Repair and maintenance

Sizeable problem solved

10 August 2006

A distorted flange on a reactor access hatch at an EdF nuclear power plant was repaired using a purpose-developed machine – on a scale unprecedented in Europe – to allow the issue to be addressed in situ.

The materials access hatch flange on the reactor at EdF’s Chooz B1 had become distorted over years of service, primarily because of subsidence of the concrete internal enclosure, and flange face machining was required to restore the flatness. Given the hatch’s colossal weight of over 70t and 8m internal diameter, an in situ repair solution was clearly the preferred option but the scale exceeded the onsite machining capabilities available. Moreover, accuracy of the finish to within high-level tolerances was required.

In discussion with the plant operator, Furmanite developed a plan to construct the largest diameter milling and turning machine in Europe to enable the necessary remedial work to be undertaken in situ, within the high precision tolerances required.

In situ flange face machining of the materials access hatch flange using Furmanite's orbital facing machine

Designed for both single point turning and milling operations, the Furmanite 4000-8500 modular orbital facing machine can handle work faces up to 8.5m diameter and can be used in a horizontal or vertical plane.

With the modular orbital facing machine designed, built, and onsite, the internal hatch cover was removed so that the collar face, which was set in concrete, could be accessed. Up to 16mm was removed from the face in the most distorted areas and a sealing groove was re-machined in. The mating face on the hatch cover was also machined to ensure a airtight seal.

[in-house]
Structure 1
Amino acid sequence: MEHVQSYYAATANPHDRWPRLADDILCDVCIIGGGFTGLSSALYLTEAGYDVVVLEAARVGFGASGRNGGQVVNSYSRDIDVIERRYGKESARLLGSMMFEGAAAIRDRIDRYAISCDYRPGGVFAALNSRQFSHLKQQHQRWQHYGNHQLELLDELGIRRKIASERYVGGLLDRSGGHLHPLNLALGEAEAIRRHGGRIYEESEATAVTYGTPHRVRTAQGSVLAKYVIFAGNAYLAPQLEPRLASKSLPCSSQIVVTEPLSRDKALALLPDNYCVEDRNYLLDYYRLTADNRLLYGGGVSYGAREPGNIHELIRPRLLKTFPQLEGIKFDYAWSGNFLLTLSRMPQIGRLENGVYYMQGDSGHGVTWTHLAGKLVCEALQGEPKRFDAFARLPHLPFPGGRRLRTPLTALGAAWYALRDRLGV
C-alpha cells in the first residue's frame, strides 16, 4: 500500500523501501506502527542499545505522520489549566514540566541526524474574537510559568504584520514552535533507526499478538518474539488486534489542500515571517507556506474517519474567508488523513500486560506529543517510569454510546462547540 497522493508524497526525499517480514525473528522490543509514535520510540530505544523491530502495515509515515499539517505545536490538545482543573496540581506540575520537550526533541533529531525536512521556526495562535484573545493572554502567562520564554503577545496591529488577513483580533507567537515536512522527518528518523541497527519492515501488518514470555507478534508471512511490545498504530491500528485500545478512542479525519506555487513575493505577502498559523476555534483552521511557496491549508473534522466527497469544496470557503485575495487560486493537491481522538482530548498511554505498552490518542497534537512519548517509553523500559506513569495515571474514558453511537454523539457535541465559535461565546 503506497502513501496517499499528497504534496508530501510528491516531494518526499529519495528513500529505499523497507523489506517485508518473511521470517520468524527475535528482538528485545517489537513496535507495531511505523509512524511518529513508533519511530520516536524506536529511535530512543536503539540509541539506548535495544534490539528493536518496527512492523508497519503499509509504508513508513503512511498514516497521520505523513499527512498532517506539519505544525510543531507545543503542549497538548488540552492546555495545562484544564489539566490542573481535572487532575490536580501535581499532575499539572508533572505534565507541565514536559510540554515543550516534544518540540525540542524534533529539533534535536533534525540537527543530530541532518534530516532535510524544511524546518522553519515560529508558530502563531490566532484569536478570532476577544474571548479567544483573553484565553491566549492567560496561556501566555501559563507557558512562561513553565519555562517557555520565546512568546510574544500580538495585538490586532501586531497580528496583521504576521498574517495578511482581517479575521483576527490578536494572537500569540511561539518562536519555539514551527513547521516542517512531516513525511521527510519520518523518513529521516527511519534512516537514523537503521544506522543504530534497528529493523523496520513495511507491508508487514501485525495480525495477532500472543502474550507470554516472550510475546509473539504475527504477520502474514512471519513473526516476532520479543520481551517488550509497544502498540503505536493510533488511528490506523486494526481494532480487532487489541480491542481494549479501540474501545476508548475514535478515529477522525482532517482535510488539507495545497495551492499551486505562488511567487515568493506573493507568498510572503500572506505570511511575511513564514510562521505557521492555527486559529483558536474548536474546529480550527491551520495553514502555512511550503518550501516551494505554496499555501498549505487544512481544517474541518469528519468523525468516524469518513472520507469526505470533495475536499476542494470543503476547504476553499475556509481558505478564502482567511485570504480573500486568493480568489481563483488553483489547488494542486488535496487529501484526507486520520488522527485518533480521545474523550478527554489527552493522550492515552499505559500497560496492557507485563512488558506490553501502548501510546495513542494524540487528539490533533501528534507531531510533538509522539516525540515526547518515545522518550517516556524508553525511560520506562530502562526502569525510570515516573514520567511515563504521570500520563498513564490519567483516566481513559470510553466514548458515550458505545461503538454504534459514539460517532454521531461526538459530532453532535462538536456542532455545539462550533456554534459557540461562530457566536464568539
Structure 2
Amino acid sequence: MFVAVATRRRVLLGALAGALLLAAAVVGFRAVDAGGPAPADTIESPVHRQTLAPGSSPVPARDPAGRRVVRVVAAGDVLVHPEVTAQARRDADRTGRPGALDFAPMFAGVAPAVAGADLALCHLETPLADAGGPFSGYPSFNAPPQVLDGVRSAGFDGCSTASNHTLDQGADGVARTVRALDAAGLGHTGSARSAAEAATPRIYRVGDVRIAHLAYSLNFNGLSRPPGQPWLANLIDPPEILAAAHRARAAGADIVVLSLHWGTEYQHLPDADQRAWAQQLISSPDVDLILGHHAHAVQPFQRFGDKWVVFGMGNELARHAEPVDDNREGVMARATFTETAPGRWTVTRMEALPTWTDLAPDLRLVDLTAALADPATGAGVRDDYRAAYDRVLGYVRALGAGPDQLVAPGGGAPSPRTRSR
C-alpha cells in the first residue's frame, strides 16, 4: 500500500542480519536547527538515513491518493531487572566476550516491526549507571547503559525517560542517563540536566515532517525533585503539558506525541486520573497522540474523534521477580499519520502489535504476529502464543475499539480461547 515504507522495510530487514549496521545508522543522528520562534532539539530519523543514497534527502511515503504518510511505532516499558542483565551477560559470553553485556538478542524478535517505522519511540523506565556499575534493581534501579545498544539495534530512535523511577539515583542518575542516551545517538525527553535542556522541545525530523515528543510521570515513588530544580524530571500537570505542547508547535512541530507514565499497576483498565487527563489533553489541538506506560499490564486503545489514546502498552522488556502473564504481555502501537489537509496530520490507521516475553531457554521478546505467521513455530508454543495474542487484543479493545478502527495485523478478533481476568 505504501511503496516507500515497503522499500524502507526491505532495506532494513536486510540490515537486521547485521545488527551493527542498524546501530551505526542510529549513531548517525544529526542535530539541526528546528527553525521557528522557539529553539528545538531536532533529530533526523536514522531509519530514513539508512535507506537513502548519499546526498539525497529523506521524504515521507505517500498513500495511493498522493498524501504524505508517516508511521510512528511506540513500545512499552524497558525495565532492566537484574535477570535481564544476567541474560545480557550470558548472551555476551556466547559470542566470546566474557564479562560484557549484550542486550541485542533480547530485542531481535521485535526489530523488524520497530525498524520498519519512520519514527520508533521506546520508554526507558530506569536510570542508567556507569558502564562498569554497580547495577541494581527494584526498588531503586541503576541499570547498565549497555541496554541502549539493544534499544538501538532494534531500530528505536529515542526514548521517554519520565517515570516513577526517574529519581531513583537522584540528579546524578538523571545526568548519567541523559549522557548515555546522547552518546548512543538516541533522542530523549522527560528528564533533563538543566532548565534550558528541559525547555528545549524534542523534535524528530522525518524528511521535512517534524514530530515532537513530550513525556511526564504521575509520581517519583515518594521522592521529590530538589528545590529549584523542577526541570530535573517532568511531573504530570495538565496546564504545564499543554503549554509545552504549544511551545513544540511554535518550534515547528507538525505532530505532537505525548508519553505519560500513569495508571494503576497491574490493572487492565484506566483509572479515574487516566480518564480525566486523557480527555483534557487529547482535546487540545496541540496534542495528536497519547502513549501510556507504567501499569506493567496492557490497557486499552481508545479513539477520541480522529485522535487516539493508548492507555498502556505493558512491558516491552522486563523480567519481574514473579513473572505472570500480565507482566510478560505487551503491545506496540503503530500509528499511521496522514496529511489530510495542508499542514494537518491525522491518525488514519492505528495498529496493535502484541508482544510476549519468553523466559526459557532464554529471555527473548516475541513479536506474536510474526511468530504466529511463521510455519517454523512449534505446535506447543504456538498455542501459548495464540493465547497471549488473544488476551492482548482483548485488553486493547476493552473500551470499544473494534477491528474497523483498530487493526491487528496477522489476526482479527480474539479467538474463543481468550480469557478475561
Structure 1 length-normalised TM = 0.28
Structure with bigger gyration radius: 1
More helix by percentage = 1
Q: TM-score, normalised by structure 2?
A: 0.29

In addition to the scale, the fact that the machining was performed in the vertical plane made it particularly challenging. Measures also had to be applied to undertake the work in a nuclear environment, including specific training for the technicians, monitoring of radiation exposure, and special measures for decontamination of tools.

The capabilities of the machine include being able to deliver 0.4mm flatness and 0.1mm roundness at the maximum diameter (8.5m), with a surface finish of 3.2 microns Ra under all cutting, milling and turning operations.

“This equipment now has the potential for similar applications across other industries where large scale in situ flange facing to high tolerances is required,” said Furmanite European managing director Tony Nicholls. He added that substantial time and cost savings could be achieved “both by avoiding the need to remove and transport such large structures to be worked on offsite, and by minimising downtime while the work is carried out in situ.”

Following the completion of the work on Chooz B1, EdF worked together with Furmanite and the other suppliers on the second part of the contract for Chooz B2, which was successfully completed earlier this year.

Author Info:

Article supplied by Furmanite International Ltd - UK, Furman House, Shap Road, Kendal, Cumbria LA9 6RU, UK

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